In the case of zinc, a typical concentrate would be about 55 percent Zn, 27 percent S, and 16 percent other minerals. For lead, the corresponding numbers appear to be about 60 percent Pb, 9 percent S, and 21 percent other. Thus, assuming flux per unit of slag ratio to be the same as for copper (1.2:1), slag output should have been roughly 0.3 MT per metric ton for zinc and 0.38 MT per metric ton for lead. This implies total slag output of 0.06 MMT for zinc smelting and 0.14 MMT for lead smelting. Total slag production for the three main nonferrous metals was thus roughly 1 MMT. Carbon monoxide and carbon dioxide emissions are not known exactly, but they are quite small in comparison with other sources. The waste numbers for other metals are relatively insignificant.

Altogether, based on mass-balance considerations, we estimate smelting and refining wastes for primary metals, including CO2, to have been 43.4 MMT in 1988, including the weight of limestone, manganese, calcium fluorite, and other materials used in the blast furnaces and refineries. (This includes about 14.2 MMT of iron, or blast-furnace, slag, although most of this material is marketed commercially, mainly for road ballast.) In addition, there were about 5.2 MMT of steel-furnace slag, a denser material with a fairly high iron content.

As noted above, much of the sulfur in sulfide copper, lead, zinc, and molybdenum ores is also recovered for use and sold as sulfuric acid (1.125 MMT S content in 1988). Subtracting the blast furnace slag and the by-product sulfuric acid, we get 28.1 MMT residual waste. Of this, only about 1 MMT was solid nonferrous slag; the rest was the oxygen content of the original ores combined with carbon (from coke), released as CO2.36 We have not included the wastes from coking, which we have not estimated. The major airborne emissions other than CO2 are probably CO and particulates. In both cases, blast furnaces are the major sources. The coking quench waters and some spent acids used for pickling constitute the major waterborne wastes.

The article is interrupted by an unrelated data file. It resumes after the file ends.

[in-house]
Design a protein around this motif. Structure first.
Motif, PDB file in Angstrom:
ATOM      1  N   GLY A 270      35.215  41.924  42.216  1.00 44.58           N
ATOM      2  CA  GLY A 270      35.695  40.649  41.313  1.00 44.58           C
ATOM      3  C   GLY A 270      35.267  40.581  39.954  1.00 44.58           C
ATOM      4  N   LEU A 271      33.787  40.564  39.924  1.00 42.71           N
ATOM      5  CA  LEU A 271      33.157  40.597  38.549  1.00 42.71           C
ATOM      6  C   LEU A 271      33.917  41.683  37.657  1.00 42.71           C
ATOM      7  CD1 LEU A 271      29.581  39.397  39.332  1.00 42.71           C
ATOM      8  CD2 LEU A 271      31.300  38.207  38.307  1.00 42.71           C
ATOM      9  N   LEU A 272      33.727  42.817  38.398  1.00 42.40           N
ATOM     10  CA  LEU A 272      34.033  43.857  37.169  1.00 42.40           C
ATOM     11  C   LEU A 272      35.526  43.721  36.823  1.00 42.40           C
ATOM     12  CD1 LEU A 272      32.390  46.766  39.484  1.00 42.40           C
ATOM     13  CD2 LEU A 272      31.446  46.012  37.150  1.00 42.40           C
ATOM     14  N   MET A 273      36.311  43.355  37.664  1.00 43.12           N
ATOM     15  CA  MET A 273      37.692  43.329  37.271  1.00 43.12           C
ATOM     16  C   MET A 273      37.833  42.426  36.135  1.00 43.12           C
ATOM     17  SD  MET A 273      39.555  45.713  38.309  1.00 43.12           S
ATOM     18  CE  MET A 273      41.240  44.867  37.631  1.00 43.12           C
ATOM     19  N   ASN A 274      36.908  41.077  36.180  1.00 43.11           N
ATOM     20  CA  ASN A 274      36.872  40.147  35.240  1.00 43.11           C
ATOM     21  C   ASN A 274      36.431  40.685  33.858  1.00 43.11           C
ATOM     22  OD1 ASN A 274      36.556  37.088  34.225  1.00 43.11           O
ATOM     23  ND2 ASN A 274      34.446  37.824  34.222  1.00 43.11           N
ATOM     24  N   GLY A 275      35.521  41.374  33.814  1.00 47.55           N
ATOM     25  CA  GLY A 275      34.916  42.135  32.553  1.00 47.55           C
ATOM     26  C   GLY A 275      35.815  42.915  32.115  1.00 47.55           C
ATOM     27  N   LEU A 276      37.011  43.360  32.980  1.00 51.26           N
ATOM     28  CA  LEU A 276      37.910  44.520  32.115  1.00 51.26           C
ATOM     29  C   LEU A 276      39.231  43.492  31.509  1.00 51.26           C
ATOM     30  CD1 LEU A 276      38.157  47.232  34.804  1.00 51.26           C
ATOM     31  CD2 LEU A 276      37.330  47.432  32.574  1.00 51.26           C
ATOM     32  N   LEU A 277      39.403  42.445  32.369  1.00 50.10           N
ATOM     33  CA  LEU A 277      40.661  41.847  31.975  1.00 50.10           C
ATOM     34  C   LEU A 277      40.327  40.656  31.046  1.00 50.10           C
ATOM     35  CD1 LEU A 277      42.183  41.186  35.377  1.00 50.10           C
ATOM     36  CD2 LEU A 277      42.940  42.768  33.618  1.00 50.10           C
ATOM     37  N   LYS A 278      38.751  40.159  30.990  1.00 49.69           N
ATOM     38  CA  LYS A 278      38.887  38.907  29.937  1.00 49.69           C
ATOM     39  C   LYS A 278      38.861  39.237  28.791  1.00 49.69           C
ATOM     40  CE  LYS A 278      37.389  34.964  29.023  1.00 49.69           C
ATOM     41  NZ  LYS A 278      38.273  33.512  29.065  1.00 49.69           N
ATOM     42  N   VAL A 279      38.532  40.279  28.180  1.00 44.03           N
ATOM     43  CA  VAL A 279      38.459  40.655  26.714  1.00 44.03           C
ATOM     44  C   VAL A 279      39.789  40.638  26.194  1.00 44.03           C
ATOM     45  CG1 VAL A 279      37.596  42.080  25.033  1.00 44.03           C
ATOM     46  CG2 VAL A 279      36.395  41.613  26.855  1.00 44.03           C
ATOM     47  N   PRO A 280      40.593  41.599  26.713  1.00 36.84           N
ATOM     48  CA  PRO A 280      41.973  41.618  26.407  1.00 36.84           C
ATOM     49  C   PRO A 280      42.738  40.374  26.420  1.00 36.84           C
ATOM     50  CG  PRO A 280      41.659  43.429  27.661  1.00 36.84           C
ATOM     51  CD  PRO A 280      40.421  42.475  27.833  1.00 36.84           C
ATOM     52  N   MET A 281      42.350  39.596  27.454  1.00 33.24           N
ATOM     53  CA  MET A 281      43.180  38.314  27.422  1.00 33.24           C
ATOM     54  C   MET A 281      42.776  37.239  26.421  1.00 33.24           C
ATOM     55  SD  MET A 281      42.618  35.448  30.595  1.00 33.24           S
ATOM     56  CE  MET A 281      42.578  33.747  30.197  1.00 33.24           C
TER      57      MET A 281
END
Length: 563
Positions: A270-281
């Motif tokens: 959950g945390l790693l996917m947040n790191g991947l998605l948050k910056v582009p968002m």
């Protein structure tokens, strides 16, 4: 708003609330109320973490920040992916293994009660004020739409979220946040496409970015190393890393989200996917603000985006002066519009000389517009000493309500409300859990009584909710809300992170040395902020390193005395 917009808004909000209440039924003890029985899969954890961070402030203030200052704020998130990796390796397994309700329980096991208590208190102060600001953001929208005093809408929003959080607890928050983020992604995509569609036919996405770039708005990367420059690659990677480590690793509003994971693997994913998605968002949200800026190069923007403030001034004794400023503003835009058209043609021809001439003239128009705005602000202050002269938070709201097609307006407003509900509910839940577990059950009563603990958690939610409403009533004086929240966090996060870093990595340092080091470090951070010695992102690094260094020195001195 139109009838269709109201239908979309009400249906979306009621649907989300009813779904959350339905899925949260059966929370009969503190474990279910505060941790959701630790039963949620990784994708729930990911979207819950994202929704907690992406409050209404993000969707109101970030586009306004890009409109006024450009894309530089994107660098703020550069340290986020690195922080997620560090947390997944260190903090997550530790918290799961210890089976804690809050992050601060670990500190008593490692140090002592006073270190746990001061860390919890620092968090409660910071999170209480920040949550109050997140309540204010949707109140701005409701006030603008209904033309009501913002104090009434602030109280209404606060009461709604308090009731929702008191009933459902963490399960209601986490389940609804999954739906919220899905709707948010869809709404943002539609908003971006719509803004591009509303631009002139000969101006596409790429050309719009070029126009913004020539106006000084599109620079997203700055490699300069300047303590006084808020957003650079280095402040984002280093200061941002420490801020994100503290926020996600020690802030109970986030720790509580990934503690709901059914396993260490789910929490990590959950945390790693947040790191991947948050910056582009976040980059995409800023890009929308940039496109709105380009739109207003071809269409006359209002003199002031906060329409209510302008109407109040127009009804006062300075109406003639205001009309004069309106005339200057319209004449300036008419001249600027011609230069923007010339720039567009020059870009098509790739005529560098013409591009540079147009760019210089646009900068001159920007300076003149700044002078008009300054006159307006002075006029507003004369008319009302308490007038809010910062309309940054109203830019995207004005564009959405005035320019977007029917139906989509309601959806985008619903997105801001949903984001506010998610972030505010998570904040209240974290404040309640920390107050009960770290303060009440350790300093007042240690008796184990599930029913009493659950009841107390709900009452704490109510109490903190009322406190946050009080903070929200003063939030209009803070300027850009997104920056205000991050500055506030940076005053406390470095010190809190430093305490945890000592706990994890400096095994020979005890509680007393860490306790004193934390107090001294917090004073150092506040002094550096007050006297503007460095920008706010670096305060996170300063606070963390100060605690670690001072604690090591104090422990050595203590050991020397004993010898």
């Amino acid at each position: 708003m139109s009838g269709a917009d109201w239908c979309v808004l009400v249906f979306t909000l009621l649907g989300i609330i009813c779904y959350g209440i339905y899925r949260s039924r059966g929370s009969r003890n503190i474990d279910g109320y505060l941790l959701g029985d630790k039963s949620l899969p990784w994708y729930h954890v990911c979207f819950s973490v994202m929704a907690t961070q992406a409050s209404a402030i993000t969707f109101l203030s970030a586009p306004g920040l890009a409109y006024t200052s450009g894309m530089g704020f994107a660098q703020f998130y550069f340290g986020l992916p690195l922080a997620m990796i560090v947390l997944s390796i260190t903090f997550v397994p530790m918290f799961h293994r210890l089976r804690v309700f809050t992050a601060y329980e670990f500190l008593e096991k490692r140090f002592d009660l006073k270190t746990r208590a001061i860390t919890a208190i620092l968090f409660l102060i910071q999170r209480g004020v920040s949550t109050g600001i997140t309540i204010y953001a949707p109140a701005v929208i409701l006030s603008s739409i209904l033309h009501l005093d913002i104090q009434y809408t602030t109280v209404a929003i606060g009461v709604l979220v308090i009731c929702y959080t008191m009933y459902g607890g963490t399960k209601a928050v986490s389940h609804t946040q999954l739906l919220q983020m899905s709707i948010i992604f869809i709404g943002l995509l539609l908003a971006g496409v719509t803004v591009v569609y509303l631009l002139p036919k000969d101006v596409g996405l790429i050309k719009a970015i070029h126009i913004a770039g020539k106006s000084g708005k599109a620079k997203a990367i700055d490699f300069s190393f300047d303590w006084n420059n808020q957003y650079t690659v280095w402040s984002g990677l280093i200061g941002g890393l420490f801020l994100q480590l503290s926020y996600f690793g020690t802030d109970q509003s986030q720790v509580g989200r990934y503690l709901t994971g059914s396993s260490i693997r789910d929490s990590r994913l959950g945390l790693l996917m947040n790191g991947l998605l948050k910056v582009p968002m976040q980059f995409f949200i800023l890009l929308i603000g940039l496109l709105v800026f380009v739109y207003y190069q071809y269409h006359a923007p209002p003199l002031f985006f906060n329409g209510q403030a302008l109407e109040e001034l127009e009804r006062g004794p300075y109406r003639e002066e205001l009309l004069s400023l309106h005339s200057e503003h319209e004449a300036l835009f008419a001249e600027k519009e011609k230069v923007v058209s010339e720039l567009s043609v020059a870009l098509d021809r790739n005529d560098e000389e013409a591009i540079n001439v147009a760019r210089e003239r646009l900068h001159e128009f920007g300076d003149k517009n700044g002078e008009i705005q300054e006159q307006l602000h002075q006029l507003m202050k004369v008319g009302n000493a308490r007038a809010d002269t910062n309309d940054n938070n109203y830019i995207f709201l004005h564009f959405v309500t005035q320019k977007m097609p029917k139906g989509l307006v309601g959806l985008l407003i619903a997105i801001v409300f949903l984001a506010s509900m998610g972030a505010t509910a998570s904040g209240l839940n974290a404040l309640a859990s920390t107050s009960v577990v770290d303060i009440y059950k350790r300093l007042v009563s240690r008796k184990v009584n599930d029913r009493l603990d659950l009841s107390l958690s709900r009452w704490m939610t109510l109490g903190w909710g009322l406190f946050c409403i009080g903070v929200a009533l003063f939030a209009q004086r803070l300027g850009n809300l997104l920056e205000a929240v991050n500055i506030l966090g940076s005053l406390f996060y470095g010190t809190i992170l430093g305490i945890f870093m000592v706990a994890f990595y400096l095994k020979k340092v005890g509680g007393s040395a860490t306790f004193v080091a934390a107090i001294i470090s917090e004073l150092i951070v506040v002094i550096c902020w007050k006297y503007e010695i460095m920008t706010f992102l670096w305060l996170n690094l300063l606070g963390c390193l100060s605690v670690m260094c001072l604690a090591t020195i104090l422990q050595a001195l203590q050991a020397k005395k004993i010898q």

Mass flows and wastes for the metallic mineral processing industries and the metallurgical industries, taken together, are summarized in Figure 9 (ferrous) and Figure 10 (nonferrous). These values are normalized to U.S. production of the refined metals. Some of the flows are imputed from others. For example, pig iron (94 percent Fe) contains roughly 6 percent C, which implies a carbon content of 3 MMT. The oxygen required to burn this carbon away was therefore approximately 8 MMT, implying a CO2 output of 11 MMT for steel production in 1988. In the case of iron blast furnaces, we assumed that all of the input coke, less the 3 MMT of C embodied in pig iron, was converted to CO2. This consumed 63.4 MMT 02 and generated 87.1 MMT CO2. However, some oxygen was captured from the iron oxide in the ore. So, balancing inputs and outputs, we calculate that the additional oxygen taken from the air must have been 31.5 MMT. Scrap flows are very approximate, partly because scrap industry statistics are poor and partly because we have lumped stock adjustments and scrap flows for convenience.

For comparison, Science Applications International Corporation (1985) estimated the 1983 nongaseous wastes from iron and steel production at 6 MMT and

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